The National Library copying services participated in the project, which also explores principles to heighten the perception and credibility of the documents on display. The work involved, in particular, tests on shooting techniques, research on movements and interactions with these documents, and the composition of environments with several objects.
In this project, design research puts technology at the service of content: “It is the author’s work and his thinking that is at the heart of our efforts. Launching such a project for the centenary of Jean Starobinski is an exceptional opportunity. He was a scholar, perhaps the greatest critic of the twentieth century, but always anxious to address everyone, to be understood. There was elegance and courtesy in his erudition” says Stéphanie Cudré-Mauroux, Deputy Head of the Swiss Literary Archives. “The mission of design research is not a race for digital effects, but the desire to imagine how to produce meaning with the possibilities offered by contemporary technology. We create, we develop, but we also observe the impact in detail,” says Nicolas Henchoz, Director of the EPFL+ECAL Lab.
Collaboration with the company Apptitude makes it possible to transform research efforts into an operational exhibition, to confront ideas with the realities of development.
In return, this reality is making progress, opening up new prospects for the production of online services. “Since our creation, we have been close to research labs. But this initiative is taking a step forward, by integrating expertise on content, technology, design and user perception into the research itself,” considers Axel Pasqualini, co-founder of Apptitude.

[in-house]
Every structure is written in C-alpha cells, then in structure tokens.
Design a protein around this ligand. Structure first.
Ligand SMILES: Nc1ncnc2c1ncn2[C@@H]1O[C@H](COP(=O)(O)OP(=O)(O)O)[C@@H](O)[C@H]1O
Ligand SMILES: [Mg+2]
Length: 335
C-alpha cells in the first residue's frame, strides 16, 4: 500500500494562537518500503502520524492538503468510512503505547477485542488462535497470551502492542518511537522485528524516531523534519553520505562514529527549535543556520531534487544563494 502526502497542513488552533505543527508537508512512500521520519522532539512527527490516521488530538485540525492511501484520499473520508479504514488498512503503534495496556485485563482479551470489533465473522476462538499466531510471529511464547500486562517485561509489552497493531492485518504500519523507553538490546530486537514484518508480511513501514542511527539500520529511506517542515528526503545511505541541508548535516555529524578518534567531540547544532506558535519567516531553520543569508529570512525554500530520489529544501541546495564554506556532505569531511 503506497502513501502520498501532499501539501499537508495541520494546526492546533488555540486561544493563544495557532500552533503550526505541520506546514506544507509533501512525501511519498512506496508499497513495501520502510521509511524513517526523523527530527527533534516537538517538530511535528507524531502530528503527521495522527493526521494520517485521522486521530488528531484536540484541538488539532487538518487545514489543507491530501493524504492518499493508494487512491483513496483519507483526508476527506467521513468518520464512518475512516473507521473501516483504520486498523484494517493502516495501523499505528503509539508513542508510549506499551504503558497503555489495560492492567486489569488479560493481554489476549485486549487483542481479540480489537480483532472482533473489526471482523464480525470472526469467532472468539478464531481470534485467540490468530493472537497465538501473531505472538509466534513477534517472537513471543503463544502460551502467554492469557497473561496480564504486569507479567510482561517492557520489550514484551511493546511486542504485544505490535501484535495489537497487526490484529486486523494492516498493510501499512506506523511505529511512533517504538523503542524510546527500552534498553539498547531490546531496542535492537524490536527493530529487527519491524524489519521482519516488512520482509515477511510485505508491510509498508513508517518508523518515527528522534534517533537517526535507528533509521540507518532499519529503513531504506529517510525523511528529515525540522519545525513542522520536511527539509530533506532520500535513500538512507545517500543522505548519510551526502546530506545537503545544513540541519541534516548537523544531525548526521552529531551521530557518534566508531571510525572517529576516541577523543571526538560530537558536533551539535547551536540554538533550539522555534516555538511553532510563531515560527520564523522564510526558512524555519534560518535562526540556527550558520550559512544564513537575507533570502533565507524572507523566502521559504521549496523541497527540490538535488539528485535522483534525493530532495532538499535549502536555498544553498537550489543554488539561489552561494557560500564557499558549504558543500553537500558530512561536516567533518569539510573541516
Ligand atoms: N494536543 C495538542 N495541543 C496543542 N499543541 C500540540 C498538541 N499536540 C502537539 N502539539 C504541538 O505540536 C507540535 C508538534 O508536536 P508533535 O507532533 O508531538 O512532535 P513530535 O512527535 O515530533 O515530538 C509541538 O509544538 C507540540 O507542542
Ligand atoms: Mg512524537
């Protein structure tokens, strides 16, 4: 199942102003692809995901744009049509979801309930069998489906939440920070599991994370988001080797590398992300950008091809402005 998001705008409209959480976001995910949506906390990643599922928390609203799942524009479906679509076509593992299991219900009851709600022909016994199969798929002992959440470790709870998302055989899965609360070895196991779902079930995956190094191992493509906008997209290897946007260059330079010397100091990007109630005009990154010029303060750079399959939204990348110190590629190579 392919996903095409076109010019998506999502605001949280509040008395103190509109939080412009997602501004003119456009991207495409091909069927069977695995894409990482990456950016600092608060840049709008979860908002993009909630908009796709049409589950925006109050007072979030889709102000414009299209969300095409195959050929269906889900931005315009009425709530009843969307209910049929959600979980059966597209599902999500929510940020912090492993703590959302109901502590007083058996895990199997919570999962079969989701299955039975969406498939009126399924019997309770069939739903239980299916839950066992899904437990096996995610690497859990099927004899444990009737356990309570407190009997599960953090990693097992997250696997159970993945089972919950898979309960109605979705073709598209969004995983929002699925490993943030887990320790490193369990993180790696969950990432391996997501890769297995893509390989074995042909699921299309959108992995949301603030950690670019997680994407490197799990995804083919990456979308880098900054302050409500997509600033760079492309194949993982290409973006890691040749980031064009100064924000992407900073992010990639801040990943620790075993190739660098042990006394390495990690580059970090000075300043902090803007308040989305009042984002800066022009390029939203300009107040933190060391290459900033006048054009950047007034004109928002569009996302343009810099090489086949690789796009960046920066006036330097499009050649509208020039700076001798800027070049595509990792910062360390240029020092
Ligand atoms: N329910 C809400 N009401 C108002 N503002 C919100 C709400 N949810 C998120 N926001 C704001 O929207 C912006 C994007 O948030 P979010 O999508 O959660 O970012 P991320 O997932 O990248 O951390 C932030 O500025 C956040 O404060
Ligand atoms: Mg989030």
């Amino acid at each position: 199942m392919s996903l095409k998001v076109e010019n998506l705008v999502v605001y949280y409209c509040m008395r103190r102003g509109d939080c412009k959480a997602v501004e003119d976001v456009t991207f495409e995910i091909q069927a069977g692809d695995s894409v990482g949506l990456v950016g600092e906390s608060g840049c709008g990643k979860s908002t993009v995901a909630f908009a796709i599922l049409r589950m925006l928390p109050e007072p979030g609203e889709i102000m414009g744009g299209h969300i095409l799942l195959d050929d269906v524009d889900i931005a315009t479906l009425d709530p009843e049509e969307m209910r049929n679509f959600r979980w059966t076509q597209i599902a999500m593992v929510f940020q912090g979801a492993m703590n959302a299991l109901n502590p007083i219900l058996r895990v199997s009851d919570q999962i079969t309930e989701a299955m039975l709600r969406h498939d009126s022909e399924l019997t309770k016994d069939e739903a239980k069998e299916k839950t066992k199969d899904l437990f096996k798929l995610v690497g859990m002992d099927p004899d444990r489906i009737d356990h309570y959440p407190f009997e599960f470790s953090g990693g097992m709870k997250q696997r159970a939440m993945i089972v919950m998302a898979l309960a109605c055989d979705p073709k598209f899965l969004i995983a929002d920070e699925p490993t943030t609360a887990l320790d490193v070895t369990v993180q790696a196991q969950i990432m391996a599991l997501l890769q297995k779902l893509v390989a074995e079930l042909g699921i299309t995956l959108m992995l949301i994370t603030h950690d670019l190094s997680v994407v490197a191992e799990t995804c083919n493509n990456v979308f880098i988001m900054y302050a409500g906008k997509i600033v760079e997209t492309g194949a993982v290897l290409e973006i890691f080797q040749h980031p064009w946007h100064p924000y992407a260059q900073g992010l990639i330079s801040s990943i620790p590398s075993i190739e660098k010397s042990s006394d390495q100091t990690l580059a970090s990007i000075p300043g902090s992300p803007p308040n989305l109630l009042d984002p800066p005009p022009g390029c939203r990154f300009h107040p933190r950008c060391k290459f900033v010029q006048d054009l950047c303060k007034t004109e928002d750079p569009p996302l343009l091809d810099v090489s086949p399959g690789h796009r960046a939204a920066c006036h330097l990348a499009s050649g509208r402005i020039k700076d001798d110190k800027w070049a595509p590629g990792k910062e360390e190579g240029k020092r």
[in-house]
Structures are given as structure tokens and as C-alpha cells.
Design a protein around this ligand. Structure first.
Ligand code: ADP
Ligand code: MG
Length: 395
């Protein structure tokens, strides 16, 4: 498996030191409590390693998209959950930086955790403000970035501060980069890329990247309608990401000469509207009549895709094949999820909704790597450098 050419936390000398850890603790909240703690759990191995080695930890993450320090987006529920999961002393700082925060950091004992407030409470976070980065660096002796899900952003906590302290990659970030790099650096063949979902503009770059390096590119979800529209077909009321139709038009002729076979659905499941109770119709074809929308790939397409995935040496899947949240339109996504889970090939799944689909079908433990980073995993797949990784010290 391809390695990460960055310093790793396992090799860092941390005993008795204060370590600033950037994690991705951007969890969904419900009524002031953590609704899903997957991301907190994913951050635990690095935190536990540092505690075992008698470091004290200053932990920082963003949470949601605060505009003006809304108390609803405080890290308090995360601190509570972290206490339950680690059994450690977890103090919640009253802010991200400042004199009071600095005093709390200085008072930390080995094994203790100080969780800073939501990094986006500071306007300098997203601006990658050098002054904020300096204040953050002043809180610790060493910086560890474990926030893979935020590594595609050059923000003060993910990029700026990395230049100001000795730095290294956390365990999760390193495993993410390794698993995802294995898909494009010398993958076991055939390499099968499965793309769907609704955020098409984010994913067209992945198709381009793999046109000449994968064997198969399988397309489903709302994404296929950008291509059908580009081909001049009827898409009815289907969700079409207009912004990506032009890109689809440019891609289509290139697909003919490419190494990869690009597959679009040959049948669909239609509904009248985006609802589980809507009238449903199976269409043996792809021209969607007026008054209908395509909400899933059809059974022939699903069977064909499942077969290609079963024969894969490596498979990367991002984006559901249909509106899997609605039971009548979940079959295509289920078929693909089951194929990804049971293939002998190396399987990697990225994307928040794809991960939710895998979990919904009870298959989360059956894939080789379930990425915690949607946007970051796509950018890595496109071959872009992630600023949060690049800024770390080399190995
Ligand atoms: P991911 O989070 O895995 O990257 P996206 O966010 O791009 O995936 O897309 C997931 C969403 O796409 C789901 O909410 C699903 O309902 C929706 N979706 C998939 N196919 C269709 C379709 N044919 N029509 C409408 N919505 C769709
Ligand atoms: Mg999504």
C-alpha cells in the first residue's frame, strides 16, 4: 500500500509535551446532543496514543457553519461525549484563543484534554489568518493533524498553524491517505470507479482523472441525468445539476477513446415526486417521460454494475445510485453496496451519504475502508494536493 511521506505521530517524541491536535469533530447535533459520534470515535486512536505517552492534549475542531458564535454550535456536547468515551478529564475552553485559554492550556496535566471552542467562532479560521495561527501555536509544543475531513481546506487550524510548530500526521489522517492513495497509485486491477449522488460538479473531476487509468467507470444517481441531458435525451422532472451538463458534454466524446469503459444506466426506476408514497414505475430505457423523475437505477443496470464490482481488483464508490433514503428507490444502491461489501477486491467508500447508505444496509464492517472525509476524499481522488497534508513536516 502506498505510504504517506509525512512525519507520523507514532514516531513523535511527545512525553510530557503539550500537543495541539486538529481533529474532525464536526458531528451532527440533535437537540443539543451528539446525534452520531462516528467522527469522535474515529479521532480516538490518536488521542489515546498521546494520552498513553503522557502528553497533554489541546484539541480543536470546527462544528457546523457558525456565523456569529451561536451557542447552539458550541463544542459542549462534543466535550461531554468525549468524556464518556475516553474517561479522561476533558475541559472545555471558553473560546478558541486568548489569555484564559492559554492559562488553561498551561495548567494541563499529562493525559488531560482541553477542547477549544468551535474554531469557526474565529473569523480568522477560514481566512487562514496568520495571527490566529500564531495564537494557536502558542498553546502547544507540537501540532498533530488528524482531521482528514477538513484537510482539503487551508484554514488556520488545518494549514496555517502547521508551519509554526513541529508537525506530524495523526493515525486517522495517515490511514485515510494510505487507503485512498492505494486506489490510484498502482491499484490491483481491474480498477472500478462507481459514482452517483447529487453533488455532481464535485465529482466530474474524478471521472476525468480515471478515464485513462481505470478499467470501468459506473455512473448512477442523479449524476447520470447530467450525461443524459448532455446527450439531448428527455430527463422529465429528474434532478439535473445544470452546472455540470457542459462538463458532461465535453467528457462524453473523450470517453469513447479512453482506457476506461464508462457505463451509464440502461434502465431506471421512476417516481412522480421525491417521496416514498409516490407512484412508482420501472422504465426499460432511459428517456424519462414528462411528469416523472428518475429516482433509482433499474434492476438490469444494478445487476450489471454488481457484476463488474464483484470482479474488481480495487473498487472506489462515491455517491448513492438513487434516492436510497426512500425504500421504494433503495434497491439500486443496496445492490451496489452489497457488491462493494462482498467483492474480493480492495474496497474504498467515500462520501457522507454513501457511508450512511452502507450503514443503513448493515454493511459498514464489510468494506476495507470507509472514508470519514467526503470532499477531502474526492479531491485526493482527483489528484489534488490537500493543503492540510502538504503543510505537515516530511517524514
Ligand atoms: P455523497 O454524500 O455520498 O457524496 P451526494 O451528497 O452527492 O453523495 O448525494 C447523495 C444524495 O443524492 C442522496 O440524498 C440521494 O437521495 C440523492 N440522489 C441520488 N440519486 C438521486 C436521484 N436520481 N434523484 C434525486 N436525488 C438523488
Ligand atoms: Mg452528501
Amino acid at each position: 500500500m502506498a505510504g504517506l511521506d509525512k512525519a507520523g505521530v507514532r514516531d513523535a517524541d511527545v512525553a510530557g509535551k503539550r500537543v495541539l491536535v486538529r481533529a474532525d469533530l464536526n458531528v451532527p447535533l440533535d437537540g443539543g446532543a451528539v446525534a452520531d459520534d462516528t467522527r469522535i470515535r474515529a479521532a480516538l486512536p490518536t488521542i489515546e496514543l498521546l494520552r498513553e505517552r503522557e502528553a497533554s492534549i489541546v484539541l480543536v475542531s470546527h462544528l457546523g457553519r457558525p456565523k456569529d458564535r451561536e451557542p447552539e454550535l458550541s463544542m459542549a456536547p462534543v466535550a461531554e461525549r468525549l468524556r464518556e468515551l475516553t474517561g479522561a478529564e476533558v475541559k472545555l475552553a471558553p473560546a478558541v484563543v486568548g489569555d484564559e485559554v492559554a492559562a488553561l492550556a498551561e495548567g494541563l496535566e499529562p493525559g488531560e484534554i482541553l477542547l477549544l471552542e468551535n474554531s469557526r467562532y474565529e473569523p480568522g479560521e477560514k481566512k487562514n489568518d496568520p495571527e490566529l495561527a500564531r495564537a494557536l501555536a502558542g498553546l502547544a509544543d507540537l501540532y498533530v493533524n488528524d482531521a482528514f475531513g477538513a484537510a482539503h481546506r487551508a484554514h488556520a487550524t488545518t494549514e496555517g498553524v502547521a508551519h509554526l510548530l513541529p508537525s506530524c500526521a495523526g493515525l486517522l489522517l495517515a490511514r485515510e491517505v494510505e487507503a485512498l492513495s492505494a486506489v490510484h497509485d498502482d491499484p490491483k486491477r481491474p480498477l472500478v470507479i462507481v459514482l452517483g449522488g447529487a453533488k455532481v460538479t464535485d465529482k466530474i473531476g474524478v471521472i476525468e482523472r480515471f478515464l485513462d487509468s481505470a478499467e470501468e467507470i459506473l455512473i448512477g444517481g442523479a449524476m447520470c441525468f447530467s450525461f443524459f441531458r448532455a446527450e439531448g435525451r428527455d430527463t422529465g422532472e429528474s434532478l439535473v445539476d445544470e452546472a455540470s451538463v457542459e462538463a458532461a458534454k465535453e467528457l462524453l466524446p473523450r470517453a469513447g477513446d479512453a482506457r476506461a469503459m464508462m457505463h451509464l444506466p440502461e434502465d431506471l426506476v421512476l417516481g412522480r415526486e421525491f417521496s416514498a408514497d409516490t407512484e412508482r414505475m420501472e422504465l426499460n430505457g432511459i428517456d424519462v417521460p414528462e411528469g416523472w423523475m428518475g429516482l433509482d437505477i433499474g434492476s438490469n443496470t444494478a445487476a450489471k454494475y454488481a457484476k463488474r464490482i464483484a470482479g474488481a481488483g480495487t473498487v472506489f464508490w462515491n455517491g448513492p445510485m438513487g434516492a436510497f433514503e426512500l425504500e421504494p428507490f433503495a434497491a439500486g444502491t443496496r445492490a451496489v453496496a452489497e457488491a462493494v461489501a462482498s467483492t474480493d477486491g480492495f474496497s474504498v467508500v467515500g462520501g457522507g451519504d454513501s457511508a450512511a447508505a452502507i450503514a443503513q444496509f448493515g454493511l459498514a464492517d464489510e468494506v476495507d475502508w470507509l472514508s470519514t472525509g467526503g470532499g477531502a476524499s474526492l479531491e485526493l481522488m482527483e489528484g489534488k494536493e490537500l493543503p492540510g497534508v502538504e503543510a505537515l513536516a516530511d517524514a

Jean Starobinski. Critical Relationships will be online and accessible to the general public following its opening to take place on 26 November at 5:30 pm. The coming months will allow us to assess its impact, and to better understand how to share the treasures of literary archives through digital means.
The digital exhibition Jean Starobinski. Critical Relationship is now open to the public on
Awarded before its official opening! Yesterday evening, Wednesday November 25, the digital exhibition Jean Starobinski. Critical Relationships designed by the Swiss National Library and EPFL+ECAL Lab, in collaboration with the Apptitude agency, was awarded as the “Best User Experience 2020” by the Meilleur du Web.
During this award ceremony, the project was also nominated in two other categories, “Innovation” and “Creation”.
Stéphanie Cudré-Mauroux (Swiss Literary Archives SLA) and Nicolas Henchoz (EPFL+ECAL Lab)
Romain Collaud (EPFL+ECAL Lab)
Curation, writing of notices
Stéphanie Cudré-Mauroux (SLA)
Design Research (MAS DRDI)
Valentin Calame (EPFL+ECAL Lab)
Axel Pasqualini, Michael Vuilleumier, Jeremy Barthoux and Diogo Ferreira Venancio (Apptitude SA)
Fabian Scherler and Simon Schmid (Swiss National Library NL)
Aselle Persoz (EPFL+ECAL Lab) and Laetitia Dumoulin (NL)
EPFL+ECAL Lab / Fabien Scherler, Simon Schmid, © Bibliothèque nationale suisse, 2020.
Handwritten documents, © Famille Starobinski.
The research project funded by the Swiss National Library had support from:
Hans Wilsdorf Foundation
Sandoz Family Foundation